Tell your story. Tell your story, a prompt as vague and as broad as the greeting of your weekly therapist, and the possibly genuine question “how are you feeling?” Or, as vague as the assignments assigned by my boss when he simply says to “work out an affordable housing plan” in this poor, forgotten town in a small east-coast state.
I lead a simple life, if we’re going to get into story-telling time. If my life were grandiose and full of adventure, I suppose I wouldn’t have started doing something like this. However, a hopeful part of me does believe that writing soothes the soul, and as Maya Angelou once said, “there is no greater agony than bearing an untold story inside you”.
You see, this quote is the theme of this blog and this blind attempt at soul-therapy. Why? Because until about three months ago, I bore a story that I could no longer hold. In fact, I have several stories- all true, I promise. Each one playing an intricate role in the me I am now. The me who desires to look at this passed tangled web of stories and see the good they’ve produced. The me who, whilst angst-driven, over-medicated and sleep-deprived, reaches for the light that I know deep down is at the end of this tunnel that has stretched on for years. And fuck, I’m only 27. Wait, 26.
When I was a little girl, and teachers would ask “what do you want to be when you grow up?” My answer changed like my outfits. A school bus-driver or the ice-cream lady were of my early career dreams, but as I got older I recognized inside myself a deep love for people. All people. There was not a soul that I encountered in the many avenues of life that my parents exposed me to that I did not care for and/or seek the approval of. Maybe that’s why I am this way. Because approval, in the end, isn’t up to another. And while I’m still attempting to live up to some standard or expectation, there is no one setting it- it just exists. It always has. As I was saying, as high school progressed along with thoughts of what my college career would look like, I decided I wanted to counsel youth. To mentor. I think of the all the kids I grew up with, and I see them, now, wondering what kind of help they needed in those key developmental years where life is just as exciting as it is confusing, frustrating, hopeless.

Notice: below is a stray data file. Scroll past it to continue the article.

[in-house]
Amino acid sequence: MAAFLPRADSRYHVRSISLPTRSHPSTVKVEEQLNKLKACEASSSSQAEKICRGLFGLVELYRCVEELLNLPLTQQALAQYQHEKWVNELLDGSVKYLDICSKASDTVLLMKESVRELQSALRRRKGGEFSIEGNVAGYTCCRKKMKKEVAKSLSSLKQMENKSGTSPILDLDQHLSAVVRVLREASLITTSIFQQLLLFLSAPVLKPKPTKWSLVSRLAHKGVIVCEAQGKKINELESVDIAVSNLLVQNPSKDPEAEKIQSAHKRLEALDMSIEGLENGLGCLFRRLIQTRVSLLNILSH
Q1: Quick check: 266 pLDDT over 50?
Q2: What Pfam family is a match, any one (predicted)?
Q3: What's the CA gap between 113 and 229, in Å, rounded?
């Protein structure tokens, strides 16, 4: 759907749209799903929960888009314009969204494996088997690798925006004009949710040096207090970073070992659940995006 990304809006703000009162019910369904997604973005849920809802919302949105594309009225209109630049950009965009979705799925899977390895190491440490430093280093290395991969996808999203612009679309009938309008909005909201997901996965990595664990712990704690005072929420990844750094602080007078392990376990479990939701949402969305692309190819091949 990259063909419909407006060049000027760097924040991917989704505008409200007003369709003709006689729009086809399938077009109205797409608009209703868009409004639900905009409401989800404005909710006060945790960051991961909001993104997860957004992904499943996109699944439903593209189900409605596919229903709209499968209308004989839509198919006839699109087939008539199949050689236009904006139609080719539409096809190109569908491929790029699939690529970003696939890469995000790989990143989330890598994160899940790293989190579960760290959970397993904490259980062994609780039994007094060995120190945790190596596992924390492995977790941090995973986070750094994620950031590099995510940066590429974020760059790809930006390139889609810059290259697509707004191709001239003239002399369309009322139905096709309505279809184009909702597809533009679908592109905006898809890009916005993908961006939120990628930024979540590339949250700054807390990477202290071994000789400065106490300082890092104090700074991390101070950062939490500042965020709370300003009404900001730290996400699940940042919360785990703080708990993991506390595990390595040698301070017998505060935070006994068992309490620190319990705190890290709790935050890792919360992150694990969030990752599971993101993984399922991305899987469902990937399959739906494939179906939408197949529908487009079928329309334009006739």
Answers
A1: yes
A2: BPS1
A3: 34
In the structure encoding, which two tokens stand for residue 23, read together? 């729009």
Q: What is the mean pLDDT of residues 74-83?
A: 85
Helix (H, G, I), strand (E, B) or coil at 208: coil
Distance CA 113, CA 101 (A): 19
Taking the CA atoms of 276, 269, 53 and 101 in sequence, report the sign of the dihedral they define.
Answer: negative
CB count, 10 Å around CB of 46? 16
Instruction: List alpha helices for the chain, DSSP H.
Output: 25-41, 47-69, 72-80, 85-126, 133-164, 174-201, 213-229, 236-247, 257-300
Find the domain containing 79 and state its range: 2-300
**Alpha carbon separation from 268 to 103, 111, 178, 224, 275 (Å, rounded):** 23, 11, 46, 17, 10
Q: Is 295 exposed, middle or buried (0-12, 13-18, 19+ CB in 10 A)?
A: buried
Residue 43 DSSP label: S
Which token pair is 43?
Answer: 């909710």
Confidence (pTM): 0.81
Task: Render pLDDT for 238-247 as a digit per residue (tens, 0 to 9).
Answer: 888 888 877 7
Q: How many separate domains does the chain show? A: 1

But that’s supposed to change, right? I thought so. But here I sit. In this office, on an April day, and yet cold because I haven’t eaten enough today to keep my blood pressure as high as the good ol’ doc wants me to. Maybe I’ll strike a deal with him- if he cuts that ridiculously long, albino-blond hair of his, I’ll work on getting that BP up. Nah, I’m kidding. It’s the simple fact that each day I wrestle with myself. The first thoughts each morning of calling out of work and continuing to sleep are normal of all human beings from what I’ve gathered. But I want to sleep to just, for those moments, not be within this head of mine. And then, cue the standards. The expectations. The unattainable goals. “Wake up, Brittany. Make-up, outfit, curled hair- don’t miss that strand. Pin it back. No, take it out. No, it’s better pinned and sprayed. Heels. Out the door with a clementine and a coffee- that’s enough til lunch, right? Yes, summer is coming up (not like I rock bathing suits anyways) but there it is again- that goal. That isn’t even there. It isn’t even fucking real. I look at this clock, 8:12 a.m. and apart from this brief snippet of the day spent writing, my mind has been everywhere. It’s already raced through that intricate web of stories I earlier referred to- the what if’s, the had-nots. I saw a Toyota 4-Runner today at the gas station, and of how much I hate 4-Runners. Not all, just that model. Really, just one specific 4-Runner. I imagine it being crushed between two machines after the engine has been extracted, useful for nothing but scrap metal. And somehow, I find comfort in knowing that that particular vehicle is today, at least I hope, in smithereens disbursed throughout this imaginary universe I picture of useless pieces, just gathering dirt in a junkyard somewhere in Tuscon. Cars where terrible things took place deserve to be smashed and sent to Tuscon.
But what about the owner of that car? What punishment does he deserve? Seven years later he’s served none. And why? Because I’m too afraid. I’m pathetically scared of this person, this world, it’s consequences, it’s traps. “Forget it, leave it be, bury it”, one voice clearly speaks in the right ear. “Fuck him, do something”, an angered internal hisses in the left. But what if I’m just too tired? Just always so, incurably tired.
Why such exhaustion? The ever battling entities of what I believe to be hope versus the proven disappointments that life on planet earth has brought grapple over the state of my mind as each day begins. And it’s only 8:22 a.m.